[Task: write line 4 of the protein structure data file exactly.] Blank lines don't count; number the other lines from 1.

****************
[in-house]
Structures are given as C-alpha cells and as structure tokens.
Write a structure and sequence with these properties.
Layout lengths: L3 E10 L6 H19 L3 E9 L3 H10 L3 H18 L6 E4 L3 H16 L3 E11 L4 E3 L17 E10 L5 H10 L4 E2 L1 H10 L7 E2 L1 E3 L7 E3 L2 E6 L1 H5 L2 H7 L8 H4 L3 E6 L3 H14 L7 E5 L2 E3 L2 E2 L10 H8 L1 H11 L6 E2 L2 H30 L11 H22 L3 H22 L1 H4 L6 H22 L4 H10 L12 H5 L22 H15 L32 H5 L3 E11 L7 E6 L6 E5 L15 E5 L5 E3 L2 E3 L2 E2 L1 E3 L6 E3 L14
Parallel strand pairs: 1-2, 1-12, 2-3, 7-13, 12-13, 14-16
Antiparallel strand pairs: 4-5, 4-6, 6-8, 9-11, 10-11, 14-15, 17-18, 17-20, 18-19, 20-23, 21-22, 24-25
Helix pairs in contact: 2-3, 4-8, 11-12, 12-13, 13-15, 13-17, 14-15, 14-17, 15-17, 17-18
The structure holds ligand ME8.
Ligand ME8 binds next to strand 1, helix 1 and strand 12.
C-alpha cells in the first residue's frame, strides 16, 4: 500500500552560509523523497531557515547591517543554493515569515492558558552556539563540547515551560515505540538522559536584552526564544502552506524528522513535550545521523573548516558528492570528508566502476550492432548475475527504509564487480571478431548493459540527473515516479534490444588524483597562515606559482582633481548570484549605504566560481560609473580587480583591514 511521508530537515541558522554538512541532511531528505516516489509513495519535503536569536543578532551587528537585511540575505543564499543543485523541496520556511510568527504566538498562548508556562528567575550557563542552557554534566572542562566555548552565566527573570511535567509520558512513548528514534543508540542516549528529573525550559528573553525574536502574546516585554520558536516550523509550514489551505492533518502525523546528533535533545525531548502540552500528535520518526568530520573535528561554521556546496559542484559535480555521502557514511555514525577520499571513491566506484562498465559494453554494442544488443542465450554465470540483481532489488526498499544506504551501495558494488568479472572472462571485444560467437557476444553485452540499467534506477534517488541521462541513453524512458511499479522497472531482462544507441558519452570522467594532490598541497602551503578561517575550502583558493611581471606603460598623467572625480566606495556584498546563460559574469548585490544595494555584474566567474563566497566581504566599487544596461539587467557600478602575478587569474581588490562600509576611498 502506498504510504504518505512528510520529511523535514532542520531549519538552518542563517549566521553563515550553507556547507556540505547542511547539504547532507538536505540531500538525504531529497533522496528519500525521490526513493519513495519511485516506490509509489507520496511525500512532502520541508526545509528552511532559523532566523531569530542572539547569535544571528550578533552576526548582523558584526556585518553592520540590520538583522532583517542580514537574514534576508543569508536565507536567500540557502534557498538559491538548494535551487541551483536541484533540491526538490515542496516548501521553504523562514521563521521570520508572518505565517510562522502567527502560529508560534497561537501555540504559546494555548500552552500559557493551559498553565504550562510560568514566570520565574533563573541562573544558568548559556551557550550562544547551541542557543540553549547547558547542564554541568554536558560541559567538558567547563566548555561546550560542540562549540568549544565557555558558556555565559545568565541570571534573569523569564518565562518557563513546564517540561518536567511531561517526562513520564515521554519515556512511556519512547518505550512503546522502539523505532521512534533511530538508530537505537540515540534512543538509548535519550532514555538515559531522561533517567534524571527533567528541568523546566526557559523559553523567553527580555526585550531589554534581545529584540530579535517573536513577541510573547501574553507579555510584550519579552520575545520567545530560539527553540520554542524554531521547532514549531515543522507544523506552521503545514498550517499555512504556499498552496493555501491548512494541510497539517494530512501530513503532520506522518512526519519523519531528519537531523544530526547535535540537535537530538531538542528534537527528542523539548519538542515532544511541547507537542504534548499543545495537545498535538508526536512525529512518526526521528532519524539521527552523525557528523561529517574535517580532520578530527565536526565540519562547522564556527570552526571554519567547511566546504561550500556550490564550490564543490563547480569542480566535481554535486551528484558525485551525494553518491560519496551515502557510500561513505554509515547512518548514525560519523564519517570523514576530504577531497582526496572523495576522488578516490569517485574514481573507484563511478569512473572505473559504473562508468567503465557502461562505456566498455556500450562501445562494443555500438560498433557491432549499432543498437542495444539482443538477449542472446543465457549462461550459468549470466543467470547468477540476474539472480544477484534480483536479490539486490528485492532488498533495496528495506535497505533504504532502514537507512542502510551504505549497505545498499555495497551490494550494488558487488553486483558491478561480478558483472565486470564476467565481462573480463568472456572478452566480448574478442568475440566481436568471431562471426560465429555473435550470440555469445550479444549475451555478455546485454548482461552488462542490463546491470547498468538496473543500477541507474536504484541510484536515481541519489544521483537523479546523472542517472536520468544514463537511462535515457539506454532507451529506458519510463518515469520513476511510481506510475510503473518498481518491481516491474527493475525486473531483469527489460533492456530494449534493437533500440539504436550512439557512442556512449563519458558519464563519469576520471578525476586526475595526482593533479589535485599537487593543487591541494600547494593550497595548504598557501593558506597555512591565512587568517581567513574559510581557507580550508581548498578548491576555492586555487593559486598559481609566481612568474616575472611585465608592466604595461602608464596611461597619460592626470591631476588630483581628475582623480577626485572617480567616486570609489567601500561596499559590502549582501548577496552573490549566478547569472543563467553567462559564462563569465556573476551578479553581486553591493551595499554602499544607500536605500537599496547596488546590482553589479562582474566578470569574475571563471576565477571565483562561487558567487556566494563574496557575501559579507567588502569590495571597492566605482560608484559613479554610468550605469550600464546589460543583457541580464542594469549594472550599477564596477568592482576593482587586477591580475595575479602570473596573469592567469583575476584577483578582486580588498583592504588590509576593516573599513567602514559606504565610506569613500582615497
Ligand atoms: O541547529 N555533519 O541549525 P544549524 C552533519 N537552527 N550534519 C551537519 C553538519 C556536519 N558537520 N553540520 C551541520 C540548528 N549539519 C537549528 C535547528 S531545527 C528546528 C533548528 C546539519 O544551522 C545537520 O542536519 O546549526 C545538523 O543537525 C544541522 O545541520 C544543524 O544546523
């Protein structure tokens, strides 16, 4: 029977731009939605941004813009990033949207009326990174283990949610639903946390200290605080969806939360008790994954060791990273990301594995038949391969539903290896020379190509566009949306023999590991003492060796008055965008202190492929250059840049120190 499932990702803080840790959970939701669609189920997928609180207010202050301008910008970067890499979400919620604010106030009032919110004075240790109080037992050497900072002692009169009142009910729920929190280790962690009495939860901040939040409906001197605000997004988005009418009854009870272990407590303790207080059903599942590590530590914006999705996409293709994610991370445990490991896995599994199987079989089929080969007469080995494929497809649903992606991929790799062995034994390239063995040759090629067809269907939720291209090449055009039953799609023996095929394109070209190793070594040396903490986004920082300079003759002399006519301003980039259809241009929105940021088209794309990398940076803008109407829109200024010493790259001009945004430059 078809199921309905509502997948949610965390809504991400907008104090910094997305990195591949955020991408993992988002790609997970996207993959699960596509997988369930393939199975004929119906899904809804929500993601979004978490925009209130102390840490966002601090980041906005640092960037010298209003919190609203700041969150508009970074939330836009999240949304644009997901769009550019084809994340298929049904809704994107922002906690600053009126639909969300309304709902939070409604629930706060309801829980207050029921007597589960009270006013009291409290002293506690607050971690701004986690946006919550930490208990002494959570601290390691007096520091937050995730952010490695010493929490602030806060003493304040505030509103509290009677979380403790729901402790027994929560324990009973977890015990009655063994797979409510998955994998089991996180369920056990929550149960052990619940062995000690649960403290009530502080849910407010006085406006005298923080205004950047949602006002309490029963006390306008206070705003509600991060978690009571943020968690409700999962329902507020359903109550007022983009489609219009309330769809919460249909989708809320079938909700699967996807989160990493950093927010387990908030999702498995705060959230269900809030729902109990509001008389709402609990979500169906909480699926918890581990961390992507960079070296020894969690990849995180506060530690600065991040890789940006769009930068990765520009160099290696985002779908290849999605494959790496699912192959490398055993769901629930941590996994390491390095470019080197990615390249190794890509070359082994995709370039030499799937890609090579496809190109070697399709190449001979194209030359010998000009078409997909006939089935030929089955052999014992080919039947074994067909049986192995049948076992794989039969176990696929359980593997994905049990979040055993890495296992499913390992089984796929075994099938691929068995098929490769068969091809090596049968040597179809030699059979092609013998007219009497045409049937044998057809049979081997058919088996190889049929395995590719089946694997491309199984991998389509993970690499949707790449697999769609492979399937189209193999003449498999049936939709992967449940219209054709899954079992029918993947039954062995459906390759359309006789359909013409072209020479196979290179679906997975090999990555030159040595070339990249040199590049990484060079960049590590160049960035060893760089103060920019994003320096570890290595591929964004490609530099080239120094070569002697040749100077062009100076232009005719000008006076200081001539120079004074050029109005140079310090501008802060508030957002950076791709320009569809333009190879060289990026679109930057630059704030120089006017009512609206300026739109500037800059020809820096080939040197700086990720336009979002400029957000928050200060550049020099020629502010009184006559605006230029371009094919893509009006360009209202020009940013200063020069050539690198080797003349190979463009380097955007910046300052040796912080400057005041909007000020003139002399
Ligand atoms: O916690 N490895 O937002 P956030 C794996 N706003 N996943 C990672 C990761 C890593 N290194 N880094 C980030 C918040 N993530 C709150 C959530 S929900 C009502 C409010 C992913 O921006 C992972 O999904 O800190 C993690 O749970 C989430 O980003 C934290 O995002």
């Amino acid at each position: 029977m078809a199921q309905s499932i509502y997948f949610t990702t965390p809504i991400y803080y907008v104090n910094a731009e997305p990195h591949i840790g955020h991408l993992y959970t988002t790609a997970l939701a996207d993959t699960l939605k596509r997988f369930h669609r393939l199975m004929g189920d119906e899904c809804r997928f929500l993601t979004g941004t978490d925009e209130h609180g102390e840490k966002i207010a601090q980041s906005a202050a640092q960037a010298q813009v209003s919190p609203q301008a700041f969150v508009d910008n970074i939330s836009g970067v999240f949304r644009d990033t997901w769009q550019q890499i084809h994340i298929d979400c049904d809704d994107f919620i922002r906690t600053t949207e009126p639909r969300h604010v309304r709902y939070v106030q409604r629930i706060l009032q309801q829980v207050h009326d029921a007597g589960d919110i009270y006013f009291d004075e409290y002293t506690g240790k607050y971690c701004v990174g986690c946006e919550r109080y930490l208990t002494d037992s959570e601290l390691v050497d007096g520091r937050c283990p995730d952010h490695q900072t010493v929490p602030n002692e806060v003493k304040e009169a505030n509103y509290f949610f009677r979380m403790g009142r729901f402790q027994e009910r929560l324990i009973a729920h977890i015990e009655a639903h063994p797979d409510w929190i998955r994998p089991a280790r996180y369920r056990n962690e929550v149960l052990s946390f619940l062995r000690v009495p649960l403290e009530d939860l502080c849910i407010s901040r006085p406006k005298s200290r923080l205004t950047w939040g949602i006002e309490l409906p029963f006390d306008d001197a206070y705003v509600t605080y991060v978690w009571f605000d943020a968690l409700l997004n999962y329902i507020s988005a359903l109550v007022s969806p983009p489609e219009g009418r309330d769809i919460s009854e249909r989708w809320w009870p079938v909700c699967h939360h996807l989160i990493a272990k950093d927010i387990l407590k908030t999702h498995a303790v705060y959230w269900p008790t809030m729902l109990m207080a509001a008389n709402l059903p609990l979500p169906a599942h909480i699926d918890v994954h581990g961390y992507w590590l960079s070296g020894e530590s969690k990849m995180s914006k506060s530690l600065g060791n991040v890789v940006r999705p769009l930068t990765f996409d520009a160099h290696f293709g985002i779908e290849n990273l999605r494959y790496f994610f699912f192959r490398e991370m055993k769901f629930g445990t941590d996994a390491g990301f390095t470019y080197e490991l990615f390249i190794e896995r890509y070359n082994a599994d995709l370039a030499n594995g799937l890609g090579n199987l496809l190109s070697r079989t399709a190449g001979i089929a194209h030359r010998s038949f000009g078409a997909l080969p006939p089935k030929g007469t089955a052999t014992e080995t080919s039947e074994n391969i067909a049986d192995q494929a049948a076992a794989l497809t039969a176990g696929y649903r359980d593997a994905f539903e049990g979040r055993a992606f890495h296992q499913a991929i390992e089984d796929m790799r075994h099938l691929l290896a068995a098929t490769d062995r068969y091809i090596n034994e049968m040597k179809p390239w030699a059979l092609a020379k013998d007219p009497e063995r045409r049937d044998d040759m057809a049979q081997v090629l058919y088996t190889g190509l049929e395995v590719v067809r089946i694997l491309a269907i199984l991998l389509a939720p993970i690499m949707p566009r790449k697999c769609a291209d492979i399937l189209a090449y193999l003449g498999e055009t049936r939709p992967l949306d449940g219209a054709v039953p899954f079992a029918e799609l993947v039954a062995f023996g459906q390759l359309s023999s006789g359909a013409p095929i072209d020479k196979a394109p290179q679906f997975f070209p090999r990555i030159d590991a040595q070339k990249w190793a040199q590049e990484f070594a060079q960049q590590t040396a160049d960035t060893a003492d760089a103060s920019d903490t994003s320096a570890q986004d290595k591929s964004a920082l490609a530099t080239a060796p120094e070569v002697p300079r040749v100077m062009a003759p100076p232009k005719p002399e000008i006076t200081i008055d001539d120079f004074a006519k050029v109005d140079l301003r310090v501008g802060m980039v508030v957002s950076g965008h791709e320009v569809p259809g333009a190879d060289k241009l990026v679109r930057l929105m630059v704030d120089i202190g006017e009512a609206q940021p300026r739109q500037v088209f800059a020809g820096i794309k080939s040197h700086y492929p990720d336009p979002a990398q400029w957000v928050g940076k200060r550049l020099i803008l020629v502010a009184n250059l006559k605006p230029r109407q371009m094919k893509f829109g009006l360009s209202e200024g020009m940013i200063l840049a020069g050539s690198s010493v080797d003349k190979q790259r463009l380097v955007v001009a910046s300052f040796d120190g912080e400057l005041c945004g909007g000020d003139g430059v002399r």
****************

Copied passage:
Layout lengths: L3 E10 L6 H19 L3 E9 L3 H10 L3 H18 L6 E4 L3 H16 L3 E11 L4 E3 L17 E10 L5 H10 L4 E2 L1 H10 L7 E2 L1 E3 L7 E3 L2 E6 L1 H5 L2 H7 L8 H4 L3 E6 L3 H14 L7 E5 L2 E3 L2 E2 L10 H8 L1 H11 L6 E2 L2 H30 L11 H22 L3 H22 L1 H4 L6 H22 L4 H10 L12 H5 L22 H15 L32 H5 L3 E11 L7 E6 L6 E5 L15 E5 L5 E3 L2 E3 L2 E2 L1 E3 L6 E3 L14